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Wisconsin libraries unshelve creative uses for federal relief funds

'It gave libraries and library systems a chance to try out some things,' says one librarian

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Sam, 9, reads a book in the library.
In this Wednesday, July 12, 2017 photo, Sam, 9, reads a book in the library at Bay Area Rainbow Day Camp in El Cerrito, Calif. Jeff Chiu/AP Photo

Northwestern Wisconsin’s Spooner Memorial Library is outfitting its first bookmobile in more than two decades, thanks to federal relief funds granted to 33 projects at Wisconsin libraries.

Spooner has been working with the Eau Claire food bank Feed My People to run pop-up “Books and Bread” events throughout the pandemic, where it sets up a table with food staples and library books once a month at two different community locations.

With the $97,000 in federal relief funds the Spooner Memorial Library received through the state Department of Public Instruction, the library bought a cargo van and is retrofitting it to serve as a hybrid bookmobile and mobile pantry.

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“We’re finding that bringing the library outside of the building is how we reach people,” said library director Angie Bodzislaw. “People come in here all the time, too, but it’s bringing the library to the people.”

Library staff are already using the van to transport boxes from the food pantry to its library site for “Compassionate Kitchen,” a pop-up pantry in the library lobby.

“Before, it was taking our personal cars to the food bank and hoping it’ll fit,” said Bodzislaw. “Now, we have this vehicle that’s large enough to do this.”

DPI awarded more than $3 million in American Rescue Plan Act funding to 10 public libraries and 15 library systems around the state. They’re funding three kinds of projects — improvements to library space and safety, hybrid library service models that support virtual resources and funds to make libraries centers of community resiliency.

The Winding Rivers Library System near La Crosse partnered with two other library systems in Milwaukee County and southwest Wisconsin to fund digital resources for student tutoring, job-seeker help and veterans services through the program Brainfuse.

“We’ve been expanding our database resources during the pandemic, and we really felt like this was another good expansion of digital resources that we could make,” said Winding Rivers director Kristen Anderson. “It’s something that people could access from wherever they are.”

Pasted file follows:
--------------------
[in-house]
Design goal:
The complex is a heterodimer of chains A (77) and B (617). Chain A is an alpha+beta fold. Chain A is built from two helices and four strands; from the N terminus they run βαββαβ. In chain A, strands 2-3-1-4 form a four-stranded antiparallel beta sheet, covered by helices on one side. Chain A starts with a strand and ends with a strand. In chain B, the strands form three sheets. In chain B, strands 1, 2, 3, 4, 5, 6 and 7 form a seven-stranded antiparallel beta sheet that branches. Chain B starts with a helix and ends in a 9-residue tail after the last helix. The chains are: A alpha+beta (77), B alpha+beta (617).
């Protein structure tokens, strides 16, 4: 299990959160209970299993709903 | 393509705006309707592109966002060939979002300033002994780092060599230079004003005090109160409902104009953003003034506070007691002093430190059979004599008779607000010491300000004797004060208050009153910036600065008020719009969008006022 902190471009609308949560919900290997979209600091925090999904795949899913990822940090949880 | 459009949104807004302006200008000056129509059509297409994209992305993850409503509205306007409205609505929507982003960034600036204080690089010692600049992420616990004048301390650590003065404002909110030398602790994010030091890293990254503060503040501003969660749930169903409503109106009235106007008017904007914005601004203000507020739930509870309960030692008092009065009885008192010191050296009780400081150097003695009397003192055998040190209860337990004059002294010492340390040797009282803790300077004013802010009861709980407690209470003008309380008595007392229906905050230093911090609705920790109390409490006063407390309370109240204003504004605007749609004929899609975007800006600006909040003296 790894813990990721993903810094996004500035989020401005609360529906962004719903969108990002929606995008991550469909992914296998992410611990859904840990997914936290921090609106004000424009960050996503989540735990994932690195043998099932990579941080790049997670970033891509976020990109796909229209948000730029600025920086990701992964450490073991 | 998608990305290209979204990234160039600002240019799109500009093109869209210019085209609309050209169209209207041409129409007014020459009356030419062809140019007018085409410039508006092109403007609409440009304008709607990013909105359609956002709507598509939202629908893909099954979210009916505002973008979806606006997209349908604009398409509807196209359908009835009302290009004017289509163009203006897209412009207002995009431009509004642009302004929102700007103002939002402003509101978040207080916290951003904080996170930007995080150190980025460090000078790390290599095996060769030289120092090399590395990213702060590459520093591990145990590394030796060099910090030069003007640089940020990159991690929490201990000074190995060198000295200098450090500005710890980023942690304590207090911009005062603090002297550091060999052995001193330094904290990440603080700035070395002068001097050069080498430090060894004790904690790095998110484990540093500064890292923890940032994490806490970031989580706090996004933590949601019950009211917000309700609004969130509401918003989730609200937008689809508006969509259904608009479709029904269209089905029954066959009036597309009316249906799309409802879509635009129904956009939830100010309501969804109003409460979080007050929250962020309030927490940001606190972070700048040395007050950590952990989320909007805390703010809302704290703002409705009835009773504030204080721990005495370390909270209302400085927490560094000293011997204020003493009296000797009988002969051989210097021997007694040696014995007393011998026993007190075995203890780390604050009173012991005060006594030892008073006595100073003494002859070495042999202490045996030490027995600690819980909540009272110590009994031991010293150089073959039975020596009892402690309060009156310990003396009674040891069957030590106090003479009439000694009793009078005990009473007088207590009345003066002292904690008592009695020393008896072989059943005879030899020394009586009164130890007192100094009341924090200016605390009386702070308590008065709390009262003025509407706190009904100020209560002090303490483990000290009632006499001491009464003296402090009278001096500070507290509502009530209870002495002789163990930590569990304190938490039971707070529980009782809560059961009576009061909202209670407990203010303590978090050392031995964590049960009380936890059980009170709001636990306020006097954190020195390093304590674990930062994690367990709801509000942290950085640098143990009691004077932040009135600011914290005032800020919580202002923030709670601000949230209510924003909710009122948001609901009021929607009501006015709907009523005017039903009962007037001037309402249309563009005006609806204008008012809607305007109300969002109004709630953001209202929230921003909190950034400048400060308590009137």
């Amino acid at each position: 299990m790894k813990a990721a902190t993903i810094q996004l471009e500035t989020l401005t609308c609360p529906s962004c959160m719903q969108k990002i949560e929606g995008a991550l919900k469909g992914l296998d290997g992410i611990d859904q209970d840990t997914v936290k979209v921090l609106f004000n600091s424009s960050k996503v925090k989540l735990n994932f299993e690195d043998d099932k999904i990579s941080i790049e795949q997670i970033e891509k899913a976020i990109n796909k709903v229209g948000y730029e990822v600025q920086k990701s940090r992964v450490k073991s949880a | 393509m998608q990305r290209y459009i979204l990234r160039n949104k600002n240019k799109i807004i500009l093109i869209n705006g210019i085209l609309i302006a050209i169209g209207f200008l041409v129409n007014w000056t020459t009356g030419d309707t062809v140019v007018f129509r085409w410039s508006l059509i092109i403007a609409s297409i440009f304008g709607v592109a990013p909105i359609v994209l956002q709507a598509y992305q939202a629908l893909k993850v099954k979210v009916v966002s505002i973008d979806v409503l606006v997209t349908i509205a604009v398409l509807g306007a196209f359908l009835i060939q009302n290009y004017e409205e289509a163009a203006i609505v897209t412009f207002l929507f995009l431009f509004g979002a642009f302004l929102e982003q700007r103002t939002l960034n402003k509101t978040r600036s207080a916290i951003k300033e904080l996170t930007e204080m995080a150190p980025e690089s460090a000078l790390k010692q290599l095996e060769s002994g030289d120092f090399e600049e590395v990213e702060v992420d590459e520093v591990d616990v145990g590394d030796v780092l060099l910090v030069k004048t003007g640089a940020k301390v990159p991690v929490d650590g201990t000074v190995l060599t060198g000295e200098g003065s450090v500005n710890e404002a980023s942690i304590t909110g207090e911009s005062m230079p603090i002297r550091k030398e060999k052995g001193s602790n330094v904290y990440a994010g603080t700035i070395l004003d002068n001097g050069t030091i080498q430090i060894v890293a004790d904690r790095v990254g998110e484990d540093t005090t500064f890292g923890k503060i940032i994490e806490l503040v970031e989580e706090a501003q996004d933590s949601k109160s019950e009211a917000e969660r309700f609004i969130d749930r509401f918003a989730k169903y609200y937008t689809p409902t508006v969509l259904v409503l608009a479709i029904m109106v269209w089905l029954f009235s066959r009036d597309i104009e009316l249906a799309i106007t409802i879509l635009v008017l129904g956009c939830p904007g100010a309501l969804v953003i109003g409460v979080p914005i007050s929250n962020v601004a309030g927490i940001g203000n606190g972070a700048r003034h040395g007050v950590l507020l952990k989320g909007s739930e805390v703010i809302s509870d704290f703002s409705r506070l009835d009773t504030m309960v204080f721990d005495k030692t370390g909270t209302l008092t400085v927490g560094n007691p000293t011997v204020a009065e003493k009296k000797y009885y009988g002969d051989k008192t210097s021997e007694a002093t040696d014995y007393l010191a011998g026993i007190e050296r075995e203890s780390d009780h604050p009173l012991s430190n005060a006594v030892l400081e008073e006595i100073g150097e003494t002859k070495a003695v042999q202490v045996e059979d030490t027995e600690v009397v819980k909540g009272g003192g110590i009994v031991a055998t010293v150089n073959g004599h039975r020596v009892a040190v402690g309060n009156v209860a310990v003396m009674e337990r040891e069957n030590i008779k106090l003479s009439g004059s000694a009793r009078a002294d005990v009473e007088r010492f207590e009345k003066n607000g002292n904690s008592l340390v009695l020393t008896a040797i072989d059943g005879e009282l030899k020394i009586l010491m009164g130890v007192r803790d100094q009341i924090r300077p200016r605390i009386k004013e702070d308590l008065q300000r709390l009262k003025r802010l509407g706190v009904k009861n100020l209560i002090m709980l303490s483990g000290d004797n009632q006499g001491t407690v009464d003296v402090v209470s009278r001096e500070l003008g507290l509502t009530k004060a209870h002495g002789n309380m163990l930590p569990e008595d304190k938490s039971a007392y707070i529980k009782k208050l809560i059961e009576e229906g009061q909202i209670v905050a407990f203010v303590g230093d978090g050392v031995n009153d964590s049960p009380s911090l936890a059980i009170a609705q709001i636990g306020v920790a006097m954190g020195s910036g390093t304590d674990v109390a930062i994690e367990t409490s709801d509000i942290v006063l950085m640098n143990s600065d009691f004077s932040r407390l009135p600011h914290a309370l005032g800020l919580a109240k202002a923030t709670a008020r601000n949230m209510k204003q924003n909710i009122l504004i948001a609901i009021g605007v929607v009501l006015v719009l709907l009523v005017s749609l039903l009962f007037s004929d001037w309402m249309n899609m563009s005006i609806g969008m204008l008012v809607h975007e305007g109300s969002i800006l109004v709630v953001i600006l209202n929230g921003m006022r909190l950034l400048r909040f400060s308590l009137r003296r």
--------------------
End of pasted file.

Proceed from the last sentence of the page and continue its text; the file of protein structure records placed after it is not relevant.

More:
The online platforms will include live tutoring help between 2 p.m. and 11 p.m., as well as some live assistance with resume review and job interview practice. Even before the DPI grant, Winding Rivers put resources into digital programming — its Creativebug online courses teach knitting, cross-stitch and other crafts, and Gale Courses range from public speaking to how to play the guitar.

The IFLS Library System, which has 53 public libraries in 10 counties, is using its $88,000 in grant funding to lean into some of the lessons learned during the pandemic about how to reduce the risk of illness by paying for things that make it easier to host outdoor or virtual events.

As part of the grant 11 libraries are getting book bikes, which IFLS library development and youth services coordinator Leah Langby described as “kind of like a miniature bookmobile, but for biking around with library materials and resources.” Another nine are getting canopies to make it easier to hold outdoor events or set up a table at community gatherings, and six are getting cameras and microphones that make it easier to capture in-person events so they can be livestreamed virtually.

“The really exciting things about these ARPA grants is that it gave libraries and library systems a chance to try out some things,” Langby said. “We work with a lot of very rural libraries and their budgets are very small, so finding funding for something like that is tricky.”

Several libraries’ use of the grants reflects something that library leaders have been saying for years, namely, that their physical collection of books, movies and other circulating materials are only a small part of the services they offer. During the pandemic, libraries stepped up their building Wi-Fi capabilities so community members could access the internet from parking lots even during their early pandemic closures, and the use of e-books and other digital resources skyrocketed.

Though libraries have reopened, Langby said they’re taking lessons from the pandemic.

“The outdoor kinds of things are partly an opportunity for libraries to go where people are, which is something libraries have been trying to work on for years,” she said. “But it also makes sure that folks know that we’re still here, we still care about you and we’re providing services.”

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